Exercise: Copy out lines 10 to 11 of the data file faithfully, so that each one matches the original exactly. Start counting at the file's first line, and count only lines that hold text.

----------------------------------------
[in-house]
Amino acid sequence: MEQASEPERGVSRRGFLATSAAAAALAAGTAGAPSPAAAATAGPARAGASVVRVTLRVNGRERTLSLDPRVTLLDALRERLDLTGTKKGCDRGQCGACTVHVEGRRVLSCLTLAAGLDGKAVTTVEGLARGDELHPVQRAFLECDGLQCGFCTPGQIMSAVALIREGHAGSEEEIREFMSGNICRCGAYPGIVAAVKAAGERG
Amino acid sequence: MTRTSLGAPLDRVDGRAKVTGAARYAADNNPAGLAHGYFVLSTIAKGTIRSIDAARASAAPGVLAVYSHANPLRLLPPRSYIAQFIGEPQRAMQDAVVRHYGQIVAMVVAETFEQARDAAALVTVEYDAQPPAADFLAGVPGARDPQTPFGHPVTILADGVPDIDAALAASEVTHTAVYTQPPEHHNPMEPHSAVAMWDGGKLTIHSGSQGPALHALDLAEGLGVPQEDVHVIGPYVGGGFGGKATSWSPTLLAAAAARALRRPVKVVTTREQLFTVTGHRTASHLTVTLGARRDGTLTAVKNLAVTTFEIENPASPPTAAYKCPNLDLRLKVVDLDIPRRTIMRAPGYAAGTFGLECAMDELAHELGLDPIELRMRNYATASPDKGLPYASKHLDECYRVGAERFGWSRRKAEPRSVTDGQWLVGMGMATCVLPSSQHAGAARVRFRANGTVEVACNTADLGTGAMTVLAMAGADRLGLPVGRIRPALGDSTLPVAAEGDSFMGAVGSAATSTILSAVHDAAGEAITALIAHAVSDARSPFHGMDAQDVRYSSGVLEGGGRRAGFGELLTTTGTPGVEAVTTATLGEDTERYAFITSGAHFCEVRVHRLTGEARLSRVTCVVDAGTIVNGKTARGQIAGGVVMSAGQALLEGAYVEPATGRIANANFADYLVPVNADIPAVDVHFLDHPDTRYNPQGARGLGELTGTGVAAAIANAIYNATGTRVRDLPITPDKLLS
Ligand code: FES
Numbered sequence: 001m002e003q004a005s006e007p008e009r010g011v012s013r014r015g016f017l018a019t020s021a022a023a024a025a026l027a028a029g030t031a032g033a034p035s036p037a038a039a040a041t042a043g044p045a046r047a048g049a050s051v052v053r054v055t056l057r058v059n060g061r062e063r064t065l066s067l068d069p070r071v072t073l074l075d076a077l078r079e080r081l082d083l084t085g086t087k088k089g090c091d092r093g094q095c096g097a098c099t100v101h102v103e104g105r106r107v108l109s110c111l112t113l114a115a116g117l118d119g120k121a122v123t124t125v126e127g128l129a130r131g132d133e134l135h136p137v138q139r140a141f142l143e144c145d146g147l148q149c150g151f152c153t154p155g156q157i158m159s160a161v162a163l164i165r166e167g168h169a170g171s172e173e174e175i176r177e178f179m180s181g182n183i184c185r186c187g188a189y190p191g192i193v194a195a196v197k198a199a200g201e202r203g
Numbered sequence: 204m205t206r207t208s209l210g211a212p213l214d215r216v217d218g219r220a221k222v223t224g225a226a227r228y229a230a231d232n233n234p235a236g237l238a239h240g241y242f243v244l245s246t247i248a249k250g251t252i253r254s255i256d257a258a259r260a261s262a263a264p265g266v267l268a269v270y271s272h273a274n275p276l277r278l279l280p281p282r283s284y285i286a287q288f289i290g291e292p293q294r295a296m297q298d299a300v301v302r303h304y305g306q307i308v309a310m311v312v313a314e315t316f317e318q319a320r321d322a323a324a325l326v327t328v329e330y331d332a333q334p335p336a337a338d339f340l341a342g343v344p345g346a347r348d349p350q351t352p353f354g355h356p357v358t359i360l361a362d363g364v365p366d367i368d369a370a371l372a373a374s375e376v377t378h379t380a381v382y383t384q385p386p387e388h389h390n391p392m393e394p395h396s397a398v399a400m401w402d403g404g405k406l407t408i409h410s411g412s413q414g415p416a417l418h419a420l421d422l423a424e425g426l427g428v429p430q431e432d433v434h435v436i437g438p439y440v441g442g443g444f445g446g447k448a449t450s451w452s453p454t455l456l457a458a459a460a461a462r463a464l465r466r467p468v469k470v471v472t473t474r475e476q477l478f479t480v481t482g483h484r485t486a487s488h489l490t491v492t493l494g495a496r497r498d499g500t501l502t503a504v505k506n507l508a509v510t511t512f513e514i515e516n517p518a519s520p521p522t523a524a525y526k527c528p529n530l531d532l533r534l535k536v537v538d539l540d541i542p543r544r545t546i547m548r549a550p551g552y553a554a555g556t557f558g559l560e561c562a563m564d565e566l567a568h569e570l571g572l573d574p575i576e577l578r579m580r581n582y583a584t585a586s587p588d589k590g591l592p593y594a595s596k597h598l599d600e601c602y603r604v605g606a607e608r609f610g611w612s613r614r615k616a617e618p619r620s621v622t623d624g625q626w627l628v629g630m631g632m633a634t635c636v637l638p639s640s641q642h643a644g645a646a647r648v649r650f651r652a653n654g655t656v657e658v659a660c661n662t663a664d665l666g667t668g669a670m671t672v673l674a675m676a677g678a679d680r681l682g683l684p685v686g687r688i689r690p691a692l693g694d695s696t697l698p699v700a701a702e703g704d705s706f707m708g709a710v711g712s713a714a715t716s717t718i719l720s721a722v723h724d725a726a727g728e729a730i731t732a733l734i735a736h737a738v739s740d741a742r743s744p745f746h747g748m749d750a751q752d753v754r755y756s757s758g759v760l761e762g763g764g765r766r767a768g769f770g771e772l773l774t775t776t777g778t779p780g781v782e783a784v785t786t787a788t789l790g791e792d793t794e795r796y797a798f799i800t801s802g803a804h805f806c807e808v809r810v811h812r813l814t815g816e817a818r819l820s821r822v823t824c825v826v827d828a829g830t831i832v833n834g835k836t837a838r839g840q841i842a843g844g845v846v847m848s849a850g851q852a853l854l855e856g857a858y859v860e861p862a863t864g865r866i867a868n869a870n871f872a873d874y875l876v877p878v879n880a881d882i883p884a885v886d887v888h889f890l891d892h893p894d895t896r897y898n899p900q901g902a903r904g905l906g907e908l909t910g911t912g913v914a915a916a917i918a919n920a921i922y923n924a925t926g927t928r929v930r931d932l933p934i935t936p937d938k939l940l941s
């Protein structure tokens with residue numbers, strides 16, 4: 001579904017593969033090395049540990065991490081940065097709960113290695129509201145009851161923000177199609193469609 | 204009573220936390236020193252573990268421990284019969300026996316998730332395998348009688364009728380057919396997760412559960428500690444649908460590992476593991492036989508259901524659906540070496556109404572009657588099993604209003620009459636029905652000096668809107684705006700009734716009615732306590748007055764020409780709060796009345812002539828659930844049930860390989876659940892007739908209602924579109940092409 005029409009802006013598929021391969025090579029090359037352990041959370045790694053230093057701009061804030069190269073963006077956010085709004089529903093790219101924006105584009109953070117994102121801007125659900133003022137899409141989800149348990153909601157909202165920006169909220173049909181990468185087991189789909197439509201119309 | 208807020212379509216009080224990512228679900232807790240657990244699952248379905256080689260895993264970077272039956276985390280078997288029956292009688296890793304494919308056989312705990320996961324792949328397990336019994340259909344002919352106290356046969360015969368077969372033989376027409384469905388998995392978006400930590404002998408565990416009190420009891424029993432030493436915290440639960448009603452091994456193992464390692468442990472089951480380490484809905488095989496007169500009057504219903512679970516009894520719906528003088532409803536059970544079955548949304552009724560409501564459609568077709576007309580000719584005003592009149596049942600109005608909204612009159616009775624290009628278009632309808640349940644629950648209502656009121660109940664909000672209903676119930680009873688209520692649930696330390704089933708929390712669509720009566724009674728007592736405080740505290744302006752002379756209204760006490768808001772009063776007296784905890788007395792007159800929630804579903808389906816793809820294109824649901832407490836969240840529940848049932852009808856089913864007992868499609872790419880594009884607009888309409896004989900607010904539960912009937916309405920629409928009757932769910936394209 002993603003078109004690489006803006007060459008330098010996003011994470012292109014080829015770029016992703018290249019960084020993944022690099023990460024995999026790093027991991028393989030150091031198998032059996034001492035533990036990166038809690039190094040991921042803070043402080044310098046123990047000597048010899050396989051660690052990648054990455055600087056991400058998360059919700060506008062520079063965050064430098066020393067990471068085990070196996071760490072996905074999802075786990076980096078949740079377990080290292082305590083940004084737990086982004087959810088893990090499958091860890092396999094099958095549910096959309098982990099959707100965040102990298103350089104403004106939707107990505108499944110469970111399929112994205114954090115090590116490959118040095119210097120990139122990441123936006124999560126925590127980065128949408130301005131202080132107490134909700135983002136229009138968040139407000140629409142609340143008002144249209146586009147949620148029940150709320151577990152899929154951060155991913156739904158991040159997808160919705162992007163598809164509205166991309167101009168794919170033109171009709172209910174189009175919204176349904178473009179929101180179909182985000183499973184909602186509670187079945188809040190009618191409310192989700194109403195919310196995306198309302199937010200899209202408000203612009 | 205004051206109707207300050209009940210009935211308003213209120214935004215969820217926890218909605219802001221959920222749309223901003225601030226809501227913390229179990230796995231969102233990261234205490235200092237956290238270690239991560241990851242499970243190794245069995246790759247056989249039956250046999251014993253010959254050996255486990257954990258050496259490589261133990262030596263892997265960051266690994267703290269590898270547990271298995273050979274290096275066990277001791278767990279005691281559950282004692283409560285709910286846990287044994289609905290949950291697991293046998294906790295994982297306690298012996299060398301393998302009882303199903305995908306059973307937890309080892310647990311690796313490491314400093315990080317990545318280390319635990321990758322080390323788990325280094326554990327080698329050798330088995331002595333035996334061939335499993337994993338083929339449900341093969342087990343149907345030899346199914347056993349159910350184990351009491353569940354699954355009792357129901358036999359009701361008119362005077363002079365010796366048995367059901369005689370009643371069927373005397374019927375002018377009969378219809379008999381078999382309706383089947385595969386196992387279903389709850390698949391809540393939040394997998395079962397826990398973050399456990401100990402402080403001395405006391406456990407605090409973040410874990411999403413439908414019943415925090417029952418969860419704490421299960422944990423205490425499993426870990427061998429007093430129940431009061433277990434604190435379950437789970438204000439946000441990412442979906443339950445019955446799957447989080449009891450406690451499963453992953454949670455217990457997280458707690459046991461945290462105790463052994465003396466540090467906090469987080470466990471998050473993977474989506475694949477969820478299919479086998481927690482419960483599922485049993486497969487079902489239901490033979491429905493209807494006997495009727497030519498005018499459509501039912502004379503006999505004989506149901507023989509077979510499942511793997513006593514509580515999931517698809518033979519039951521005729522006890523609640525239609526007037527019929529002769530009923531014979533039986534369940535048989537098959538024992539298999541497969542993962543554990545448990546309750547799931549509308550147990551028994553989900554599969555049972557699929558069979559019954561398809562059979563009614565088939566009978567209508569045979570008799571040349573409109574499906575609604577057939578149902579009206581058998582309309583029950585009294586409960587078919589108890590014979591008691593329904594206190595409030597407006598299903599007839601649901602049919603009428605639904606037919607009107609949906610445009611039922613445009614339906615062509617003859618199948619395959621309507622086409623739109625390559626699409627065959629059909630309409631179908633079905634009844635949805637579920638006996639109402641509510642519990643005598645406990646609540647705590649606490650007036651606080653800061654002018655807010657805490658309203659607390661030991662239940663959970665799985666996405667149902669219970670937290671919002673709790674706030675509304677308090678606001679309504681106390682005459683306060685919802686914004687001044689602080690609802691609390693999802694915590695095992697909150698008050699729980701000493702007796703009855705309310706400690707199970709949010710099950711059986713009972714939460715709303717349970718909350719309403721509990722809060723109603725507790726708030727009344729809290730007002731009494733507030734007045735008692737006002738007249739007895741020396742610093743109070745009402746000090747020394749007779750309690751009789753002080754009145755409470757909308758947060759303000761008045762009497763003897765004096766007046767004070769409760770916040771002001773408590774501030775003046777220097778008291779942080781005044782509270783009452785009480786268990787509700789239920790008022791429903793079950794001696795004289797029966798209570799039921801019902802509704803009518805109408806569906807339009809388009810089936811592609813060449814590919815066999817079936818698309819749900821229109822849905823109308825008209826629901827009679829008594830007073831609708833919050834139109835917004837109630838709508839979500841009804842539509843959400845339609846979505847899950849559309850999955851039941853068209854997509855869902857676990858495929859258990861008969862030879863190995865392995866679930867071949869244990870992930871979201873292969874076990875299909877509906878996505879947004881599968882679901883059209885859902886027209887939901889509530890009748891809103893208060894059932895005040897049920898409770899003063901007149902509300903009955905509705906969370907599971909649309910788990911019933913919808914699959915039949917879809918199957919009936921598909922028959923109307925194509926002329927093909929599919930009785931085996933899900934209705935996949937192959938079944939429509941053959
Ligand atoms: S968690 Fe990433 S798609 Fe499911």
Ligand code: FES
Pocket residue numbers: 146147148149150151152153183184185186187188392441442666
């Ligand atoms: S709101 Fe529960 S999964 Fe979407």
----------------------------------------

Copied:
Pocket residue numbers: 146147148149150151152153183184185186187188392441442666
């Ligand atoms: S709101 Fe529960 S999964 Fe979407």